World’s first comprehensive global energy study
30 January 2013
It is still possible to solve the world’s energy problems while saving the climate, improving human health and improving progress in developing countries, according to a new study. However, it will require coordinated and well-planned strategies that link all these areas.
The Global Energy Assessment (GEA) is the first major study of the world energy situation that also takes into account all the other sectors that are linked to energy: agriculture and forestry, buildings, technology, health, the environment, conflict risks, etc.
Over 300 researchers from around the world have taken part in the study. A number of them are from Lund University, and the report recently had its first Swedish presentation in Lund.
“We have carried out case studies of policies that have worked in the field of energy and policies that haven’t. This has enabled us to get rid of a lot of myths”, said Director of the International Institute for Industrial Environmental Economics Lena Neij at the seminar.
One such myth is that converting to a sustainable energy supply can go quickly, if enough money is spent. Another is that solutions to problems can be found if only governments invest more money in research.
“A transition does not happen quickly, it will take time. Politicians and economists have to be aware that it is a long-term commitment. Government support for research is of course important, but innovation in the field of energy has to happen outside academia as well”, said Lena Neij, who is one of the principal authors of the report.
The GEA report takes the form of a 5.5 kg, 1 800-page tome which is intended to serve as a reference work for specialists. It also has a summary aimed at politicians, development economists and civil servants working for government agencies and international organisations.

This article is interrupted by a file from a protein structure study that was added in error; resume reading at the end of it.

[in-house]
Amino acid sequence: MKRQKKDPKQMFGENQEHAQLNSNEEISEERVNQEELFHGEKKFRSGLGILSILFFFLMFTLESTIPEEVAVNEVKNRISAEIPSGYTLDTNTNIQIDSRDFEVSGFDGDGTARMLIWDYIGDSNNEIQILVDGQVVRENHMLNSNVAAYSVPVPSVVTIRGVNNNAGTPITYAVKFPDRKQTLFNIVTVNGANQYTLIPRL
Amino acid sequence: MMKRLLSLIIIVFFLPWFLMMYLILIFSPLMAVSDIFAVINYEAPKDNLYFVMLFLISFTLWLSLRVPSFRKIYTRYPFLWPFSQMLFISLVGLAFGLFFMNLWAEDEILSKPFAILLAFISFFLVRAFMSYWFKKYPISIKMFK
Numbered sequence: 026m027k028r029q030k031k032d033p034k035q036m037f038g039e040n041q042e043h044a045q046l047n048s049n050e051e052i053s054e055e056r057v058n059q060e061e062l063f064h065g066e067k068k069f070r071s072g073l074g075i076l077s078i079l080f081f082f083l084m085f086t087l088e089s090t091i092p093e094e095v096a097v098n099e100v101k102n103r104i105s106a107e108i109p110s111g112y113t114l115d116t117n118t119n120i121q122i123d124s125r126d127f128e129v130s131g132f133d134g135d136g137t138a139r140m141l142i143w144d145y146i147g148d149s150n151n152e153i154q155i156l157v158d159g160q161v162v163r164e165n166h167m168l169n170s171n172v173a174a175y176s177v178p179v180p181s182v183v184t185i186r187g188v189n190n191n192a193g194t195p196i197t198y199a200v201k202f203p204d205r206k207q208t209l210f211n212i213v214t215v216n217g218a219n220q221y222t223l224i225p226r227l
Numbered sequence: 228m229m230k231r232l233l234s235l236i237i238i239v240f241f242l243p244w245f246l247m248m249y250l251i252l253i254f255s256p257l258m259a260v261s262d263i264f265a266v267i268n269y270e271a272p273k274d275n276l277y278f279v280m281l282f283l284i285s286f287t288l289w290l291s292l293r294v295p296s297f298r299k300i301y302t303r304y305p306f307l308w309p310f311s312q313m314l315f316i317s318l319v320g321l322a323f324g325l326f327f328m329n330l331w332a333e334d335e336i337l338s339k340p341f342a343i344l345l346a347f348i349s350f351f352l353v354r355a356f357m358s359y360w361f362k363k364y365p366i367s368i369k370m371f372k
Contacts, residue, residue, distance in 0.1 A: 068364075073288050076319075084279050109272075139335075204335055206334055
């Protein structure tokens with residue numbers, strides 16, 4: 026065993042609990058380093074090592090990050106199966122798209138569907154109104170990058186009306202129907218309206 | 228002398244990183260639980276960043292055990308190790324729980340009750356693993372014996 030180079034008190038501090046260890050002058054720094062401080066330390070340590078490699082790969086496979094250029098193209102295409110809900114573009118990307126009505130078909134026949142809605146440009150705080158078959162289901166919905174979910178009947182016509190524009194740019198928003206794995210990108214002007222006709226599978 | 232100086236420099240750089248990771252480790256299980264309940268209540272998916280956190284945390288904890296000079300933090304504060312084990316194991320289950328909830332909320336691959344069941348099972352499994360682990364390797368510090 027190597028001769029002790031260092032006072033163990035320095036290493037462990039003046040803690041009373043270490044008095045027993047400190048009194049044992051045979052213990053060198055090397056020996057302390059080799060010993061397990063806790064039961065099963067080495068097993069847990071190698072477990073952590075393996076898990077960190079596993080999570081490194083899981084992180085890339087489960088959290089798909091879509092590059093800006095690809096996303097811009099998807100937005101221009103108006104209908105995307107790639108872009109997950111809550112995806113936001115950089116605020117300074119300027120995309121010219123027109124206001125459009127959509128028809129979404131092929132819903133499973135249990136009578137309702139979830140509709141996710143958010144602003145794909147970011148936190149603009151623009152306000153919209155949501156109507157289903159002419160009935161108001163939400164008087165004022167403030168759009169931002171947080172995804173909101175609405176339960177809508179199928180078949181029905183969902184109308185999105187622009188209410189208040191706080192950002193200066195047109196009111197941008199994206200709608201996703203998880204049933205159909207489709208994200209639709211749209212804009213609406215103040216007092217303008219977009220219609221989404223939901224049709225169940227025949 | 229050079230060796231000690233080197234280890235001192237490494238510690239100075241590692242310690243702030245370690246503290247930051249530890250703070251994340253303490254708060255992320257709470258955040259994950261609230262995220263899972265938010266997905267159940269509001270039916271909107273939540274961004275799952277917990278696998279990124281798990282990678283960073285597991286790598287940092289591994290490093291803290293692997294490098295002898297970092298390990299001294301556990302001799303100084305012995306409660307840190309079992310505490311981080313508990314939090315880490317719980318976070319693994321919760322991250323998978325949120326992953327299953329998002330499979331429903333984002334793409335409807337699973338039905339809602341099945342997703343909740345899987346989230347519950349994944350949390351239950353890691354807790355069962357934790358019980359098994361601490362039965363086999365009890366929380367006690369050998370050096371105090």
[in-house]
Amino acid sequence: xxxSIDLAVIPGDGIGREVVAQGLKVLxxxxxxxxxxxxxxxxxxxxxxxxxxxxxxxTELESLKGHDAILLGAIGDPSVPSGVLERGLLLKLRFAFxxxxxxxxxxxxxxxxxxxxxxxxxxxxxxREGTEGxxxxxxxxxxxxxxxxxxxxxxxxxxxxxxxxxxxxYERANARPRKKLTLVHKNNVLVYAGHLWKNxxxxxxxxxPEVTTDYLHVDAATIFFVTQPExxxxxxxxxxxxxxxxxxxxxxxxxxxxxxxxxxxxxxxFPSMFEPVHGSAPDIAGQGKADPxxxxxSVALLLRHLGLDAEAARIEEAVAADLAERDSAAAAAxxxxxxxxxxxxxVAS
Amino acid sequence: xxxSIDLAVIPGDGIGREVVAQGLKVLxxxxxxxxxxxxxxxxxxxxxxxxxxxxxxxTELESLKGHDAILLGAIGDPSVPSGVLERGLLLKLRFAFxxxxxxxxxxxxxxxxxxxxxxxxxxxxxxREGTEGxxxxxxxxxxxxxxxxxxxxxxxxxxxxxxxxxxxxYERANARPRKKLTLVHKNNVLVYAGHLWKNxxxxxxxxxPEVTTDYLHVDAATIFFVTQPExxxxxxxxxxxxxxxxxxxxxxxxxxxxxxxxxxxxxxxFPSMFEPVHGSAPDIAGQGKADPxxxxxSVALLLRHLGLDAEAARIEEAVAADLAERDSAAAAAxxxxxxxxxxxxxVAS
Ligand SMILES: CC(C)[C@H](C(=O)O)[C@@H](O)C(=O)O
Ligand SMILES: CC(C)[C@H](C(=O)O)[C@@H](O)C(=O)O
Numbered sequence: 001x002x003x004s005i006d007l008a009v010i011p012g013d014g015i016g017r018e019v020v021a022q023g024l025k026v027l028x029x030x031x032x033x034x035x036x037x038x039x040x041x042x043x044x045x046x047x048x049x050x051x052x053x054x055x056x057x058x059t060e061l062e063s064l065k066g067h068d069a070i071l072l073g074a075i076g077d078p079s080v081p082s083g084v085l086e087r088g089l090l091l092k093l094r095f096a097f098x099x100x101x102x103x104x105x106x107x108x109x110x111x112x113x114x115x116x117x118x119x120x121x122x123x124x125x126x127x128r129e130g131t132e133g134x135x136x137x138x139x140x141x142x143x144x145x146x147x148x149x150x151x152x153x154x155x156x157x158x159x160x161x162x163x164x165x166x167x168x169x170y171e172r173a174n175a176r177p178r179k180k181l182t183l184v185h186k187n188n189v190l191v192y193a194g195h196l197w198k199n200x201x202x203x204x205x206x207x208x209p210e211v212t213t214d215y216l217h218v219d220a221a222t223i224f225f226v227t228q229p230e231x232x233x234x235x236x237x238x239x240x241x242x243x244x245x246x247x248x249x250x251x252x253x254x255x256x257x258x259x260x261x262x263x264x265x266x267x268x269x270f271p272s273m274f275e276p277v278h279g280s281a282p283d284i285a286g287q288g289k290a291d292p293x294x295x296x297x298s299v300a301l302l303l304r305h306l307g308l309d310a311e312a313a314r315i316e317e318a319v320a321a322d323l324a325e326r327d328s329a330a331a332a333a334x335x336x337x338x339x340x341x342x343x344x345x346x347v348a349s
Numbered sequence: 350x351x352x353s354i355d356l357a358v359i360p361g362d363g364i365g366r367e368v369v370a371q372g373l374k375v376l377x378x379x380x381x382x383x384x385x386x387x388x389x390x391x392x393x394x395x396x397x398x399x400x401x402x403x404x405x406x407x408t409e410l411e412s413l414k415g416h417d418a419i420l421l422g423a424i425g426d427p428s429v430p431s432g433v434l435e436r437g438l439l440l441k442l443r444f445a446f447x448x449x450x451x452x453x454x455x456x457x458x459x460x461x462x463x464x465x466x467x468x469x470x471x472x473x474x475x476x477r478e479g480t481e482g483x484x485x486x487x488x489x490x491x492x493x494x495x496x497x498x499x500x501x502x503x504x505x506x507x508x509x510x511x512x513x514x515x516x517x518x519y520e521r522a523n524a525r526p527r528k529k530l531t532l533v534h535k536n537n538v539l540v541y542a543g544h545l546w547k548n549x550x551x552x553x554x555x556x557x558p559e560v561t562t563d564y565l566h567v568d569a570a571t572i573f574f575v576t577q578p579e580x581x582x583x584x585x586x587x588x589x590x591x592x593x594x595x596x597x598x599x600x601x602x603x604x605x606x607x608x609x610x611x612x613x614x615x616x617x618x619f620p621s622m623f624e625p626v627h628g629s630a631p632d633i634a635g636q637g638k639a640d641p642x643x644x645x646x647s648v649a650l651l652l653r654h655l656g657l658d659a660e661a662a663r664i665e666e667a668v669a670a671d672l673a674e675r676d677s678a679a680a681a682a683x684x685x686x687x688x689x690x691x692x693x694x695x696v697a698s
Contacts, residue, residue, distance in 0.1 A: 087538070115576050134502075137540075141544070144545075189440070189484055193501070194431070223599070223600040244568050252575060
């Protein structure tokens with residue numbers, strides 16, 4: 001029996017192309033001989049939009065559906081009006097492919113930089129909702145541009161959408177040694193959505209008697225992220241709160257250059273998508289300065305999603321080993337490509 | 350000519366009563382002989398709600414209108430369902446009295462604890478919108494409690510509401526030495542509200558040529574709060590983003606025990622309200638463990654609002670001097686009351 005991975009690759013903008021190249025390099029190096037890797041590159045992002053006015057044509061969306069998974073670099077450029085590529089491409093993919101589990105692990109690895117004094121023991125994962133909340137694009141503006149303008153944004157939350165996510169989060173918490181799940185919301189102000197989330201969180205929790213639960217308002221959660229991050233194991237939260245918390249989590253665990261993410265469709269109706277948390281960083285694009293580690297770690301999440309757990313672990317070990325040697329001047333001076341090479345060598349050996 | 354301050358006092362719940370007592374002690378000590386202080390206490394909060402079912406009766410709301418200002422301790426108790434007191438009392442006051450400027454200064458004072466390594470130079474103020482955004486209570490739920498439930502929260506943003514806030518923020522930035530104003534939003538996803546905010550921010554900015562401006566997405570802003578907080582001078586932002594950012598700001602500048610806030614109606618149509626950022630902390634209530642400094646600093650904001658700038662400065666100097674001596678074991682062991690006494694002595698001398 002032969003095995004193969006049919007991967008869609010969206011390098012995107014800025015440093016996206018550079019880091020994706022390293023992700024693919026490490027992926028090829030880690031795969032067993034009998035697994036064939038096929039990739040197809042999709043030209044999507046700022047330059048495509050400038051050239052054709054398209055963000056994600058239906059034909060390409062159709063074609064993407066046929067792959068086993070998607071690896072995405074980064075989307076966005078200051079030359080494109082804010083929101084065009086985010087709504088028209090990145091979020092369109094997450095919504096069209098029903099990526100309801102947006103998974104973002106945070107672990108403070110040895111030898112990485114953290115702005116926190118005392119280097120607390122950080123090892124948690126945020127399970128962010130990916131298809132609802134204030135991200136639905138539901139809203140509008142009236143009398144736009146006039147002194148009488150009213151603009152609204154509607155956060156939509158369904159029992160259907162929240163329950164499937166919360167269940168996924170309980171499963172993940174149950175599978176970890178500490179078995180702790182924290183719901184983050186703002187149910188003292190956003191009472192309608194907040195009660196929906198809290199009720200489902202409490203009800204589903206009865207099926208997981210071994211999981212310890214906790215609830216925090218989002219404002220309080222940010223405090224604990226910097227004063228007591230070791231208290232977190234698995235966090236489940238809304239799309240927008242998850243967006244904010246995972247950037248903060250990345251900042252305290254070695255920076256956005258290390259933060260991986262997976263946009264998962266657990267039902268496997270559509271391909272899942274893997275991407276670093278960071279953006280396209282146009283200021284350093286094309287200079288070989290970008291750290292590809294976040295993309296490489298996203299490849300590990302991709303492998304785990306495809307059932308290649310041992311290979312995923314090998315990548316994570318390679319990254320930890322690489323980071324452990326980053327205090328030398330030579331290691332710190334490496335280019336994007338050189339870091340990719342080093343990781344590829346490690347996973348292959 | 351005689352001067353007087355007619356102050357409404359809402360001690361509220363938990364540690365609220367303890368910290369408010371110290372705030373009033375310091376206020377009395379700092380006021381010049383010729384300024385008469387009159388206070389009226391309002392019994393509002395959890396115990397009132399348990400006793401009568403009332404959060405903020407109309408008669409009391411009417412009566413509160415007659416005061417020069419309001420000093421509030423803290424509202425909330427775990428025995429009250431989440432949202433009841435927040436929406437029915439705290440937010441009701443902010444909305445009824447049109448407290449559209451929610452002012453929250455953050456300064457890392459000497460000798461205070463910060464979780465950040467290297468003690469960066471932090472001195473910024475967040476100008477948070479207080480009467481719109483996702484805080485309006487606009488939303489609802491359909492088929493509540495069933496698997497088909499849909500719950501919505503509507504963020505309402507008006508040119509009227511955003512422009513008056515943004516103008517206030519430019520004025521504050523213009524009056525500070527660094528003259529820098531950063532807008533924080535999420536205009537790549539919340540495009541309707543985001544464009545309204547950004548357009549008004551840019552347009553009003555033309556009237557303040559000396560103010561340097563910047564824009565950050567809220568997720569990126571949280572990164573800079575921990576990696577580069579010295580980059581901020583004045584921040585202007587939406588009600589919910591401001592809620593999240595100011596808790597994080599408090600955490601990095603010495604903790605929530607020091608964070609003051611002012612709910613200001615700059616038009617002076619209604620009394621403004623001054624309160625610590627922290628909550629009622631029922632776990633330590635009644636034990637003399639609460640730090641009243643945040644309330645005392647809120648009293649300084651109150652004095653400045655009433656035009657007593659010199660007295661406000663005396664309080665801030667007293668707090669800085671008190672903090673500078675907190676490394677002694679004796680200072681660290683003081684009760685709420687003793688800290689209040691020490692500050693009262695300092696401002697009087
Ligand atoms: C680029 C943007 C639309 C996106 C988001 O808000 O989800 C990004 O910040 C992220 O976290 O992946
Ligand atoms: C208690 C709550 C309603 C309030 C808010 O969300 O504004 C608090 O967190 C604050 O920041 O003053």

“The important thing now is spreading the word. All those of us who have participated have to raise the results of the study in debates, lectures to students, talks to the public, newspaper articles and seminars”, said former director of the International Institute for Industrial Environmental Economics Thomas B. Johansson.
Unlike other major energy overviews, the authors of the GEA have been able to remain independent, because the project has been backed by many different governments and organisations.
“Inquiries performed by individual governments or energy companies cannot be trusted. They have too strong a vested interest”, said author and former politician Anders Wijkman. Among other things, he referred to an American inquiry into energy security carried out in the Bush era:
“Its narrow focus has steered American energy policy towards shale gas. This has entailed a massive misevaluation of natural resources and unwise investment of public money, as well as major damage to the environment and the climate!”
Avoiding a narrow focus and including all the global challenges at once is the important factor, according to many of the speakers at the seminar. Energy issues cannot be addressed separately, because the most effective method in the field of energy may be harmful to the climate or water supply, for example.
“This creates a political problem, because politicians generally want to address issues one by one. However, conversion of the energy system is not an isolated issue”, emphasised Lars J. Nilsson from the Division of Environmental and Energy Systems Studies at Lund University.
Professor Thomas B. Johansson has coordinated the work on the GEA and sat on the GEA executive committee. Professor Lena Neij and senior lecturers Aleh Cherp and Luis Mundaca from the International Institute for Industrial Environmental Economics have participated as authors, and Professor Lars J. Nilsson has acted as one of the study’s 200 reviewers.
Text: Ingela Björck
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